Metro Health Attains HIMSS Level 7 Status
Metro Health – University of Michigan Health has become the first health system in Grand Rapids to attain HIMSS Level 7 status, the most prestigious distinction in the use of electronic medical record technology to improve patient care.
The designation puts Metro Health in elite company. But the greatest accomplishments are the measurable improvements to the safety and quality of care – faster stroke treatment, more accurate medication administration and additional life-saving advancements.
These advances are supported by the hospital’s sophisticated use of information technology, which has been a hallmark of Metro Health even before it became the region’s first health system to adopt Epic electronic medical records in October 2006.
Examples from Metro Health’s case studies submitted to HIMSS (Healthcare Information and Management Systems Society) include:
- Speeding stroke treatment from 53 minutes to 29, enabled in part through Vocera technology.
- Reducing readmission for heart attacks to rates below national averages through communication about EKG and blood chemical indicators of heart attacks.
- Increasing opportunities to treat undiagnosed depression through automatic alerts to physicians based on patient questionnaires.
- Improving diabetes management by tracking progress toward outcome targets.
- Utilizing data analytics to support business decisions in choosing the best diagnostic tools.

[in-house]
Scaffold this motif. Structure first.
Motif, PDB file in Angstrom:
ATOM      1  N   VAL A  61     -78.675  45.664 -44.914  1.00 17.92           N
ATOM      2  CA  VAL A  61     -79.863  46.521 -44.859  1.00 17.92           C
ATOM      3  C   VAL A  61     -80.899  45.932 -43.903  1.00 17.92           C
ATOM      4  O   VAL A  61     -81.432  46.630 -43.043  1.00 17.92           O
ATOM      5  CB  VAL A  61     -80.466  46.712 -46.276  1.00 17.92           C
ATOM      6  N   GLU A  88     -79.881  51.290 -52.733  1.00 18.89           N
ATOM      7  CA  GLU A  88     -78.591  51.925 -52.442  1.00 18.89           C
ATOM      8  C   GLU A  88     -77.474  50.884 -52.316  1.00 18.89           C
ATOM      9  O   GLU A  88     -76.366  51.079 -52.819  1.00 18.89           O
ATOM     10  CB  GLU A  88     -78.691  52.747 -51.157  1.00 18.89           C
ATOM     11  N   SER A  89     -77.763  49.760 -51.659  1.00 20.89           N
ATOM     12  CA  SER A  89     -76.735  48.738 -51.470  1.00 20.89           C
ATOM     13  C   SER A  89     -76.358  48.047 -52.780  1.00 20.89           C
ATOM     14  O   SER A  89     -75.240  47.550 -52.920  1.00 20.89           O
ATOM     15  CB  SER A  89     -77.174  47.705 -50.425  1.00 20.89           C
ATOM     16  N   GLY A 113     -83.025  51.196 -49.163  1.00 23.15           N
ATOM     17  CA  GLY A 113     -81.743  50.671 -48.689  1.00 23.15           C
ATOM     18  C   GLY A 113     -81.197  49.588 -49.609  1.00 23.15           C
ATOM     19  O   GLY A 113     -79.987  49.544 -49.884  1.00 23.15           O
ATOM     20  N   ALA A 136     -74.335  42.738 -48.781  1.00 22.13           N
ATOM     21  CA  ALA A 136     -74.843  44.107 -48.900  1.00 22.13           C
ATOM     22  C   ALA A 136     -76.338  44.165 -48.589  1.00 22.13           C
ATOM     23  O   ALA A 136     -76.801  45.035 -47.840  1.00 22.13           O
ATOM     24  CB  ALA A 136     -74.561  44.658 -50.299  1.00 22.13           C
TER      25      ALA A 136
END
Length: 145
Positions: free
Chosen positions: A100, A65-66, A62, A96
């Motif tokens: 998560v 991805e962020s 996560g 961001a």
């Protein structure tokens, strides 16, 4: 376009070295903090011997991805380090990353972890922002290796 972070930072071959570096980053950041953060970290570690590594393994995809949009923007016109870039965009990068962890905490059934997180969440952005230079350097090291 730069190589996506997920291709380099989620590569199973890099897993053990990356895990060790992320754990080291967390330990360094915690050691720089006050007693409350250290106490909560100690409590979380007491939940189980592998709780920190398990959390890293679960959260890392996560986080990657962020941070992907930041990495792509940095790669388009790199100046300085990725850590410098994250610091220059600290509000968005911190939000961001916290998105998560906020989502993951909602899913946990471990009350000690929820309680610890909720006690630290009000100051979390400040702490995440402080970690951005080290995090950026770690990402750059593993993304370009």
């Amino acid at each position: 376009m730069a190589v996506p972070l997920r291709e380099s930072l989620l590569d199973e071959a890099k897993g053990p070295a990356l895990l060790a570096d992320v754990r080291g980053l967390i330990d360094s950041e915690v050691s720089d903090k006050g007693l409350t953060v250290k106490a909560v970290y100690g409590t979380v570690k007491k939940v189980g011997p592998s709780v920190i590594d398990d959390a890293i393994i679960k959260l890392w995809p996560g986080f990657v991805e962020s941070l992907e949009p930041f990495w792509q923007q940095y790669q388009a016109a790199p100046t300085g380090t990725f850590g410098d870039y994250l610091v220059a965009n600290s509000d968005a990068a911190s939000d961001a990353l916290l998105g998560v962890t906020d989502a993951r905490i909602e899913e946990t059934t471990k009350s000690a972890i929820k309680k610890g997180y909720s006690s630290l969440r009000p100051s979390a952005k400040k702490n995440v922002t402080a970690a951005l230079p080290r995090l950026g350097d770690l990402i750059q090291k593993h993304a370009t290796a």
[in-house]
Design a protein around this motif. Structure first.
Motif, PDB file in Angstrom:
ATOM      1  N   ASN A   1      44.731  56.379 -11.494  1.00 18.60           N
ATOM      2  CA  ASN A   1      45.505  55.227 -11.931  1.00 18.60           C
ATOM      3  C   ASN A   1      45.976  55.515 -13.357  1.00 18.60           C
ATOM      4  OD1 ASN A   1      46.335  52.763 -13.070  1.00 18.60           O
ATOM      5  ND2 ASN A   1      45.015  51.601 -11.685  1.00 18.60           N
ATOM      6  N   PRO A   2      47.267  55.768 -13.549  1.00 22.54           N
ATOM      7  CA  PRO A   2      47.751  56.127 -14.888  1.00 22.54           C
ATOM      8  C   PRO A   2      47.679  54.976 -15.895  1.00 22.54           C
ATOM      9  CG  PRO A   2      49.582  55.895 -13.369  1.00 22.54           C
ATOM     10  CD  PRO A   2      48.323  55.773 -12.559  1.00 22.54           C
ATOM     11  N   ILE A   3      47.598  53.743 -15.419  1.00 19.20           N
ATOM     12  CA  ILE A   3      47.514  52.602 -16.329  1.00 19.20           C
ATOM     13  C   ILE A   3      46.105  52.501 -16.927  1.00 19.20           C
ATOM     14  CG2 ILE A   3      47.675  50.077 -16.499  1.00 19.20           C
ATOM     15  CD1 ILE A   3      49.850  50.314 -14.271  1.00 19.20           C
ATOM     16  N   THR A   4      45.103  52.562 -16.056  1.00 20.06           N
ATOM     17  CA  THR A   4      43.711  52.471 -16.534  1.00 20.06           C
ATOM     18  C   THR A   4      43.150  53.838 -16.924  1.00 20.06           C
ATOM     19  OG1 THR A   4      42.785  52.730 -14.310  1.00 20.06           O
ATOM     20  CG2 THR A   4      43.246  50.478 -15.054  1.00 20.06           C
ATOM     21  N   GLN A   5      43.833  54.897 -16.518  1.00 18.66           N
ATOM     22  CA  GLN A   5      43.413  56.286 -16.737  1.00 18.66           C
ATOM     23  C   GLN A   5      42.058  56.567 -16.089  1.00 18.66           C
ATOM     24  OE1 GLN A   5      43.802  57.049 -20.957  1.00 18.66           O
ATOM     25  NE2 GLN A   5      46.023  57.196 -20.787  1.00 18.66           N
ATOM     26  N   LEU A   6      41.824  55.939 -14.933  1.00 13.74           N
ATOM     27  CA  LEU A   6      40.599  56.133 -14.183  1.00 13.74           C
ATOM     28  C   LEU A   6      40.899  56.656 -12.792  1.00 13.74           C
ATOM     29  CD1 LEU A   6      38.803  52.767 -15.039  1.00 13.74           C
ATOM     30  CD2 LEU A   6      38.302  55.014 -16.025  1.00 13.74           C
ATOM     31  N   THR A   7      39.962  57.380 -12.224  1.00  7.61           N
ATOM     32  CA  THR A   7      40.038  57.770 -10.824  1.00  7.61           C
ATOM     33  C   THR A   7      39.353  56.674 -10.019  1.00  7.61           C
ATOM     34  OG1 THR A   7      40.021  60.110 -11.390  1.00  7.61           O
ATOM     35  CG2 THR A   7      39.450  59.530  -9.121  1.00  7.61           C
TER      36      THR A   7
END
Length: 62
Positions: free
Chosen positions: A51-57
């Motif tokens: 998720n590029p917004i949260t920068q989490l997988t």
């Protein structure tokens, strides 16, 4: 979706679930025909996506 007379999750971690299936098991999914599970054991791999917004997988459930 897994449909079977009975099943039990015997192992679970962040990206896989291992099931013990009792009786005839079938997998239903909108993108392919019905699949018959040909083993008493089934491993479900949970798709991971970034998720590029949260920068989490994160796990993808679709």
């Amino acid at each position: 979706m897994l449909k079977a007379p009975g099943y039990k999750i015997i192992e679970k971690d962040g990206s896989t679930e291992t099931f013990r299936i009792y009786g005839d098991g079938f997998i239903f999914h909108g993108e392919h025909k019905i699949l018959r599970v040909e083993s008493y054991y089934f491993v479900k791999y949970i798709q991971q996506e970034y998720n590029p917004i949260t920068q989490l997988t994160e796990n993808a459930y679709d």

“HIMSS is proud to recognize Metro Health – University of Michigan Health for their validation as a Stage 7 health care system, as tracked by the HIMSS Analytics Electronic Medical Record Adoption Model,” said Phillip Bradley, Regional Director, North American, HIMSS Analytics. “The organization is also validated as a HIMSS Analytics Outpatient Electronic Medical Record Adoption Model Stage 7 system.”
The designation covers electronic medical record adoption in ambulatory as well as hospital applications. Metro Health is one of only two hospitals in the state of Michigan to have obtained both ambulatory and hospital applications.
Metro Health already was in rare company, part of the roughly one-third of health care systems that had achieved Level 6 status. The leap from Level 6 to Level 7 is significant – only 6.4 percent of health systems nationwide have reached Level 7, according to a summary report in 2018.
“Achieving this level is like finishing the last mile of a marathon, or the final 100 feet of a mountain ascent – it requires tremendous effort and very few accomplish it,” said Dr. Peter Hahn, President and CEO, Metro Health – University of Michigan Health.
“I could not be prouder of our IT team, clinical staff and operational professionals,” he said. “This accomplishment was a true collaborative effort, spanning every aspect of our health care system.”
Here is how HIMSS defines the qualifications for Level 7:
- The hospital no longer uses paper charts to deliver and manage patient care and has a mixture of discrete data, document images, and medical images within its EMR environment.
- Data warehousing is being used to analyze patterns of clinical data to improve quality of care, patient safety and care delivery efficiency.
- Clinical information can be readily shared via standardized electronic transactions with all entities that are authorized to treat the patient, or a health information exchange.
- The hospital demonstrates summary data continuity for all hospital services.
- Physician documentation and computerize physician order entry has reached 90%, and the closed-loop (barcoding) processes have reached 95%.
While Level 7 represents the pinnacle of information technology achievement, it does not mark the end of Metro Health’s journey in IT innovation, said Josh Wilda, Chief Information Officer and Interim Chief Operating Officer.
“If anything, it’s just the beginning,” Wilda said. “Metro Health has long recognized and leveraged the power of information technology to deliver better health care. And we’re going to continue to lead the way.”